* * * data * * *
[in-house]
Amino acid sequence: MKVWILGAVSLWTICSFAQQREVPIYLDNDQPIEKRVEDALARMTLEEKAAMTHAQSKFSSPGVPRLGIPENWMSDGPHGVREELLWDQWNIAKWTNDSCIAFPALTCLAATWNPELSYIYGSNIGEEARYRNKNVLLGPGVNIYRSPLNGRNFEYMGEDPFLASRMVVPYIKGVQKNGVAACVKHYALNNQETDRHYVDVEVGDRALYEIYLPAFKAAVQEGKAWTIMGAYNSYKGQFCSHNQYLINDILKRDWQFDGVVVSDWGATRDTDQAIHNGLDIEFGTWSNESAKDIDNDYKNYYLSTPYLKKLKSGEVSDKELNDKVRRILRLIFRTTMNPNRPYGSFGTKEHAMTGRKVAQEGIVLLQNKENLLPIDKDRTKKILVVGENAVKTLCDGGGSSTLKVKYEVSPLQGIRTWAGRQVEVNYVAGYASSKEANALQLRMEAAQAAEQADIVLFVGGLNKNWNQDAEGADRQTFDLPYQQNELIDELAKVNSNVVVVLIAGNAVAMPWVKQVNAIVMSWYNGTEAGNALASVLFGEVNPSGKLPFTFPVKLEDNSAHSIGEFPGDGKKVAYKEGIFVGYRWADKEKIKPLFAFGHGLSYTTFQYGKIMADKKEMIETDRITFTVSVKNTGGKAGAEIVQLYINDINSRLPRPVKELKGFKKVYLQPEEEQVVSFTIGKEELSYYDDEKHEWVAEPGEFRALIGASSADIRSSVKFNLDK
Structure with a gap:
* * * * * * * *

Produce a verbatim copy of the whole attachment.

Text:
[in-house]
Amino acid sequence: MKVWILGAVSLWTICSFAQQREVPIYLDNDQPIEKRVEDALARMTLEEKAAMTHAQSKFSSPGVPRLGIPENWMSDGPHGVREELLWDQWNIAKWTNDSCIAFPALTCLAATWNPELSYIYGSNIGEEARYRNKNVLLGPGVNIYRSPLNGRNFEYMGEDPFLASRMVVPYIKGVQKNGVAACVKHYALNNQETDRHYVDVEVGDRALYEIYLPAFKAAVQEGKAWTIMGAYNSYKGQFCSHNQYLINDILKRDWQFDGVVVSDWGATRDTDQAIHNGLDIEFGTWSNESAKDIDNDYKNYYLSTPYLKKLKSGEVSDKELNDKVRRILRLIFRTTMNPNRPYGSFGTKEHAMTGRKVAQEGIVLLQNKENLLPIDKDRTKKILVVGENAVKTLCDGGGSSTLKVKYEVSPLQGIRTWAGRQVEVNYVAGYASSKEANALQLRMEAAQAAEQADIVLFVGGLNKNWNQDAEGADRQTFDLPYQQNELIDELAKVNSNVVVVLIAGNAVAMPWVKQVNAIVMSWYNGTEAGNALASVLFGEVNPSGKLPFTFPVKLEDNSAHSIGEFPGDGKKVAYKEGIFVGYRWADKEKIKPLFAFGHGLSYTTFQYGKIMADKKEMIETDRITFTVSVKNTGGKAGAEIVQLYINDINSRLPRPVKELKGFKKVYLQPEEEQVVSFTIGKEELSYYDDEKHEWVAEPGEFRALIGASSADIRSSVKFNLDK
Structure with a gap: